People’s experiences on DMT range from blissful to downright terrifying. Many report an all-consuming hallucinogenic experience, as well as communicating with alien-like beings.
Possible mental effects of DMT include:
- vivid hallucinations
- altered sense of time
- depersonalization, or an out-of-body experience
A recent study delivered the first in-depth analysis of DMT, revealing the intensity of a DMT trip. The analysis asked 39 mentally healthy participants to share their experience of what their DMT trip was like.
Of the participants, 94% reported encountering sentient entities.
While most of the entities (81%) had a visual form, some participants described a “sensed presence,” either defined as a specific entity without form or as an “omnipresence.”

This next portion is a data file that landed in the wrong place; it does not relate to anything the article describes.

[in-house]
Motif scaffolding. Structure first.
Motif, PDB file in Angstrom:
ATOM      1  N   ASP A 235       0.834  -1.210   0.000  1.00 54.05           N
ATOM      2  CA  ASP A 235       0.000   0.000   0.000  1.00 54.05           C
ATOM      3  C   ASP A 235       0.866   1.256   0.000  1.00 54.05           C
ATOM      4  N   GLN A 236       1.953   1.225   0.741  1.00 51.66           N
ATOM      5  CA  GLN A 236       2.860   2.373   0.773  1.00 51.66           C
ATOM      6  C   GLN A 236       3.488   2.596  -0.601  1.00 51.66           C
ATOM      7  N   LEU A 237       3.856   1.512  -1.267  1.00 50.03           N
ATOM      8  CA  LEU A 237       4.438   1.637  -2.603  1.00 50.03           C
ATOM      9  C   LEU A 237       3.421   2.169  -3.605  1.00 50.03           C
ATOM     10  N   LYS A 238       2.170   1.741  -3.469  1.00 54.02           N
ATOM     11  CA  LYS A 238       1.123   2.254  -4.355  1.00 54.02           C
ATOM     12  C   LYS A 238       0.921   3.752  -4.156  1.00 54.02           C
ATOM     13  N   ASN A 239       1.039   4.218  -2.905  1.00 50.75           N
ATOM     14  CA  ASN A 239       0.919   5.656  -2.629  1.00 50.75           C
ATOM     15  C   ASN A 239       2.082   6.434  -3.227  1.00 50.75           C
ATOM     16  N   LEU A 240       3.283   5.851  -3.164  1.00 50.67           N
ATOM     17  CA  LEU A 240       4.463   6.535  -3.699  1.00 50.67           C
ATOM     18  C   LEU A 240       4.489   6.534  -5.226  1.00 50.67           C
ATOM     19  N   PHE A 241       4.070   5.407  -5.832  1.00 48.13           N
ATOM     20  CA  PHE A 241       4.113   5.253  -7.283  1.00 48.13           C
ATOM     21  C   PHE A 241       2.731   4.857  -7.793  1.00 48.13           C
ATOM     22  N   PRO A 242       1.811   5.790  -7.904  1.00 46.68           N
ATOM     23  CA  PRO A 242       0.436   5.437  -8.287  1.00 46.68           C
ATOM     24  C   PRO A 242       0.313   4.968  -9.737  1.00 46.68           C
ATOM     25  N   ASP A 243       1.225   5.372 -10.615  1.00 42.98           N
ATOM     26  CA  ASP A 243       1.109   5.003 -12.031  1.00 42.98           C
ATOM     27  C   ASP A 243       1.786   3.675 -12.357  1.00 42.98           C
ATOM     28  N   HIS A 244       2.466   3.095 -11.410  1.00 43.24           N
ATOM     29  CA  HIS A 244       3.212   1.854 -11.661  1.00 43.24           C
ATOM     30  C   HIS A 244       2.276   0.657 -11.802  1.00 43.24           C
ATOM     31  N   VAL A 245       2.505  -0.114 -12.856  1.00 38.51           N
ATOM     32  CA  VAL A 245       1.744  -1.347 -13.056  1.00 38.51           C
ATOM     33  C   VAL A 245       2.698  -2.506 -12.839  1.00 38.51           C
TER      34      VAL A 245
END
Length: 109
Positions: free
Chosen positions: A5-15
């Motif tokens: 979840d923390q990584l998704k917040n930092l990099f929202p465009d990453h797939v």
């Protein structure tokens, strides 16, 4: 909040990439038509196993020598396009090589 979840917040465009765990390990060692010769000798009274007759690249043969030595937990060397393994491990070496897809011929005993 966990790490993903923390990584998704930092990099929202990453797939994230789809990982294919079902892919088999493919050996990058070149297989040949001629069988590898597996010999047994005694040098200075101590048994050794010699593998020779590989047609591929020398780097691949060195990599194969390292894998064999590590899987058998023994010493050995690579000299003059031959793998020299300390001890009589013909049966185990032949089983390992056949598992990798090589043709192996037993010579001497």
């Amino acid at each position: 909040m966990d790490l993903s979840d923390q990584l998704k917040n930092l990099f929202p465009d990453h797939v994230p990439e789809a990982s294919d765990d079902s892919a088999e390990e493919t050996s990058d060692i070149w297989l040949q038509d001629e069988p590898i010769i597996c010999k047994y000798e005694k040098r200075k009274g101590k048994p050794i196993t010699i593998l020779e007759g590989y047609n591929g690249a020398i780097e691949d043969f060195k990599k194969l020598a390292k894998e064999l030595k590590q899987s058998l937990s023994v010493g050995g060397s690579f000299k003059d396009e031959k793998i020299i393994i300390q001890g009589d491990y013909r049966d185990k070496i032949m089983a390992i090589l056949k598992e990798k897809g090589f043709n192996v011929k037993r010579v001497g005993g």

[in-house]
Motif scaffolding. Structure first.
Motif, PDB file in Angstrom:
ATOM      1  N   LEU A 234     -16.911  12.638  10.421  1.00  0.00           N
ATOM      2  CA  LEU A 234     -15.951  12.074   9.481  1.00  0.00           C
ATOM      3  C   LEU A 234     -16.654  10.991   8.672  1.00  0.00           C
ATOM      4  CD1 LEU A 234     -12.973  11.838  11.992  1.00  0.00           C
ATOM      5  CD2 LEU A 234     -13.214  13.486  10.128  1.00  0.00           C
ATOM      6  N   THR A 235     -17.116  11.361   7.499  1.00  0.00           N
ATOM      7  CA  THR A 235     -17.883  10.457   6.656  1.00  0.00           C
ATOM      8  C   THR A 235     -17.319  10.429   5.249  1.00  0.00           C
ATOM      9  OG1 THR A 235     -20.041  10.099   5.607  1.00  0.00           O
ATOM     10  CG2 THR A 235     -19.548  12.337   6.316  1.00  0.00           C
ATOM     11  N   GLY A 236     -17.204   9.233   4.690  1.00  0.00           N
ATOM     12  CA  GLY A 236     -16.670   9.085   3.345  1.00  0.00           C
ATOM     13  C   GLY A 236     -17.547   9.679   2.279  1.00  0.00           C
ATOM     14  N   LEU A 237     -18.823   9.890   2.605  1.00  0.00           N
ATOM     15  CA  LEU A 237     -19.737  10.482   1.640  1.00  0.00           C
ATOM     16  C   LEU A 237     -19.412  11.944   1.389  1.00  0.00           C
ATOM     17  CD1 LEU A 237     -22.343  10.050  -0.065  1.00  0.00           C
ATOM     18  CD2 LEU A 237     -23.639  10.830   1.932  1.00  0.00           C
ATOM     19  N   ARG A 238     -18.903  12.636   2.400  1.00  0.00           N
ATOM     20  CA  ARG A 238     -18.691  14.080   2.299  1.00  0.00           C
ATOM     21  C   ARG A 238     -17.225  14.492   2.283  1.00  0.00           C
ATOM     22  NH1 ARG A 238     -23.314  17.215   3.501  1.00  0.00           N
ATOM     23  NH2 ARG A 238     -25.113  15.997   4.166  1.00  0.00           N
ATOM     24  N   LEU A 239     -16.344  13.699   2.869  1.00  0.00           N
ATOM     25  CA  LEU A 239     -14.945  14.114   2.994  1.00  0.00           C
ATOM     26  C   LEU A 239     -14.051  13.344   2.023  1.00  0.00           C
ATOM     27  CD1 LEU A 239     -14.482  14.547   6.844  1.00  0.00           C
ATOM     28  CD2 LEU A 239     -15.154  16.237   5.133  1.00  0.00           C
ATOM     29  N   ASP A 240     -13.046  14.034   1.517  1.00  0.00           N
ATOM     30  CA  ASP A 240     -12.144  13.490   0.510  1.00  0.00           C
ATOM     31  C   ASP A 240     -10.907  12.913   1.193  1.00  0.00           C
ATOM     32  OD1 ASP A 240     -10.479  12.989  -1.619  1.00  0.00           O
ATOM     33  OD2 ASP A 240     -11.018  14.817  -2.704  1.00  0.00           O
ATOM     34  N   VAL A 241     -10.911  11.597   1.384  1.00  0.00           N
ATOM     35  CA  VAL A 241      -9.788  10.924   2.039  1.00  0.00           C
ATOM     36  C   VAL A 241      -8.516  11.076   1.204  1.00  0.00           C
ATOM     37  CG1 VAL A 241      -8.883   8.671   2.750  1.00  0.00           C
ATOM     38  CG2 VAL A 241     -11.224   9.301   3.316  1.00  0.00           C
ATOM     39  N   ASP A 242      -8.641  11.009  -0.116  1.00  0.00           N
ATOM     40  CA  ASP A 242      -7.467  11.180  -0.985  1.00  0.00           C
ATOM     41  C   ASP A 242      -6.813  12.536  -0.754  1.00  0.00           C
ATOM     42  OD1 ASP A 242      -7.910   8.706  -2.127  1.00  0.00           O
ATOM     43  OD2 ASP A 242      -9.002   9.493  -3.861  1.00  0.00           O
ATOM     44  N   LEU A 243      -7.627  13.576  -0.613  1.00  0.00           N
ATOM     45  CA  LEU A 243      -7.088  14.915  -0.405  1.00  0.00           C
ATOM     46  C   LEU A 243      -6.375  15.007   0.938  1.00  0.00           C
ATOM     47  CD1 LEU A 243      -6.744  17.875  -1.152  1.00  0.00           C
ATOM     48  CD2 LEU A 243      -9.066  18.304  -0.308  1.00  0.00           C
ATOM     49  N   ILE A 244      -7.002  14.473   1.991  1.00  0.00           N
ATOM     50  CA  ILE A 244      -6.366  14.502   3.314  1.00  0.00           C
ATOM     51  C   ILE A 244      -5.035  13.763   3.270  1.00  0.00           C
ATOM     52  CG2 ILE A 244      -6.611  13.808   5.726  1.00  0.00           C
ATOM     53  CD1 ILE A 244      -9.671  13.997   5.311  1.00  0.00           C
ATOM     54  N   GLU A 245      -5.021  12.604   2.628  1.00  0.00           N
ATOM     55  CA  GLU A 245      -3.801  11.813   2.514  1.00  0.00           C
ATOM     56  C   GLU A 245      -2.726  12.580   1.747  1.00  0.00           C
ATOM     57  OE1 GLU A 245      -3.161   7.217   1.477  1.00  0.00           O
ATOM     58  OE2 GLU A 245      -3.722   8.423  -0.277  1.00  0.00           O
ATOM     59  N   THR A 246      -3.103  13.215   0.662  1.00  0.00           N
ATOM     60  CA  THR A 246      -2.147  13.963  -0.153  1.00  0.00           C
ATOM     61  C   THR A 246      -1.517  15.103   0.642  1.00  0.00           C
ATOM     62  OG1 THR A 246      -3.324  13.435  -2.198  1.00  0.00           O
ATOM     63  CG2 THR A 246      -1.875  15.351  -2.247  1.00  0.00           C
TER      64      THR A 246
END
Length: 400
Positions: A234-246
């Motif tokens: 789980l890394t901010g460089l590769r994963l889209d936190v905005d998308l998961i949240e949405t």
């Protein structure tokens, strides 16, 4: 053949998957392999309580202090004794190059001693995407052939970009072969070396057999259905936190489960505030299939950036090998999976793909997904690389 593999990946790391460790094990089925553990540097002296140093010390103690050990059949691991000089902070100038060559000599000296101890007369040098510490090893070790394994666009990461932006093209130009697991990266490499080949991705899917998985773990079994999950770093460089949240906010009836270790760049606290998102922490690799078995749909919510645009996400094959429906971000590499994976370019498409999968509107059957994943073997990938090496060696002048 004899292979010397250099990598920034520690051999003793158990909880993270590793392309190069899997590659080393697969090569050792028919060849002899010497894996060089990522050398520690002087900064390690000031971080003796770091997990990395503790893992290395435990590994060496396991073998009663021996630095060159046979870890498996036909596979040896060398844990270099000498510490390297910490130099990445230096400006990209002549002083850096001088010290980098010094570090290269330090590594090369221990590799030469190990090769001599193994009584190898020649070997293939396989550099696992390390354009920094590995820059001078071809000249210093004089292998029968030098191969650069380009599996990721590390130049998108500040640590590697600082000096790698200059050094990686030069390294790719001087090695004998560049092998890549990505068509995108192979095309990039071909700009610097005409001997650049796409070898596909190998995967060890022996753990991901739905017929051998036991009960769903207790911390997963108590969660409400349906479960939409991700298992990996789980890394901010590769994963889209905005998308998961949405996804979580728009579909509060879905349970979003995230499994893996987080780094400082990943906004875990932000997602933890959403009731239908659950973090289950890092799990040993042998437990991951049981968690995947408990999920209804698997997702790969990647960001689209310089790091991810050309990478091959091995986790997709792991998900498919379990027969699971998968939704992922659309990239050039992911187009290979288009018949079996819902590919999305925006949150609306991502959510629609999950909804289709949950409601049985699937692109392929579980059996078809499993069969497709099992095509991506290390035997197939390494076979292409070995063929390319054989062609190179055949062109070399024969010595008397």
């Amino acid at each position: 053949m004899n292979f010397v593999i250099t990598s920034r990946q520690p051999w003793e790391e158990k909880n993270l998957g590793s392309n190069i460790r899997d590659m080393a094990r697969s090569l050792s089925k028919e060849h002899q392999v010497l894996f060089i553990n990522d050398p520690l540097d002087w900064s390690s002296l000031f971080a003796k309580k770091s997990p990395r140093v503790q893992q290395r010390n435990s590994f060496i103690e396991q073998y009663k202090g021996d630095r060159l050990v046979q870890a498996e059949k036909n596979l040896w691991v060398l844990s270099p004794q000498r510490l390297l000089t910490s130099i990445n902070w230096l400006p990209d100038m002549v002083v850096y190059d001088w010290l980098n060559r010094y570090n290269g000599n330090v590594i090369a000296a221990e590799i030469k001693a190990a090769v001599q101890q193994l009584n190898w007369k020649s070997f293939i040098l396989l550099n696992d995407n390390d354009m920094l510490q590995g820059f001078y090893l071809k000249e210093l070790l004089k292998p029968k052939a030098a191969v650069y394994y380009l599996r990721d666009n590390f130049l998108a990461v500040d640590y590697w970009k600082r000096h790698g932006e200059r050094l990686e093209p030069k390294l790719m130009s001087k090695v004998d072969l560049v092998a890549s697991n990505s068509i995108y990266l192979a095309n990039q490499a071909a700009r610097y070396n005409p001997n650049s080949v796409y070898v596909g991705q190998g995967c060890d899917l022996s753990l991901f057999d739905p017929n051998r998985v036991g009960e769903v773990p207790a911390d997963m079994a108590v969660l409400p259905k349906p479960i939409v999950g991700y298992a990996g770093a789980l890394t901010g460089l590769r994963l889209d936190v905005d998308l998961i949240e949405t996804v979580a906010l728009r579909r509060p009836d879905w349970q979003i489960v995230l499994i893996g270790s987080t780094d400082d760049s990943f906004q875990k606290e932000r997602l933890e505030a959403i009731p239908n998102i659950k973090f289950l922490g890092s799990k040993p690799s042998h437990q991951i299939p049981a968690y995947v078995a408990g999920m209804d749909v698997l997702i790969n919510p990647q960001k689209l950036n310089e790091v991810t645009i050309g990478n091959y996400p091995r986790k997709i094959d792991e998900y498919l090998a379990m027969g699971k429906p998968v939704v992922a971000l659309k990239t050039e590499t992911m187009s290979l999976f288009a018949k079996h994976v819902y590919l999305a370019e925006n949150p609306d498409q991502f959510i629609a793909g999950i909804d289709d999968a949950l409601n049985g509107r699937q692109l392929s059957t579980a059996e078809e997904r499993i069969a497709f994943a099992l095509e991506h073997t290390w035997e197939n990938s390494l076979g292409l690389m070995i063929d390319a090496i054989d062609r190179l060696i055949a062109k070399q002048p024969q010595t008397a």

These entities, often described as intelligent and benevolent, are referred to as “machine elves” in DMT circles. Of the participants, 33% said they’d received a message while on DMT.
It’s common for mental side effects to last for several days after taking DMT, due to its strength.
Risks for DMT
Experiences on DMT vary widely. It’s difficult to know who will have a “good” trip and who will have a “bad” — or upsetting — trip.
Moderate or serious complications can occur if DMT is taken in conjunction with:
- SSRIs or mood stabilizers. Taking DMT with these drugs increases the risk for serotonin syndrome disorder, a life-threatening condition where the body accumulates too much serotonin.
- serious mental disorder, such as schizophrenia or bipolar disorder. Like other hallucinogens, DMT can trigger psychosis or mania in vulnerable people.
- a history of a bad experience with other types of hallucinogens
- a heart, liver, or kidney condition or high blood pressure
Using DMT may also cause: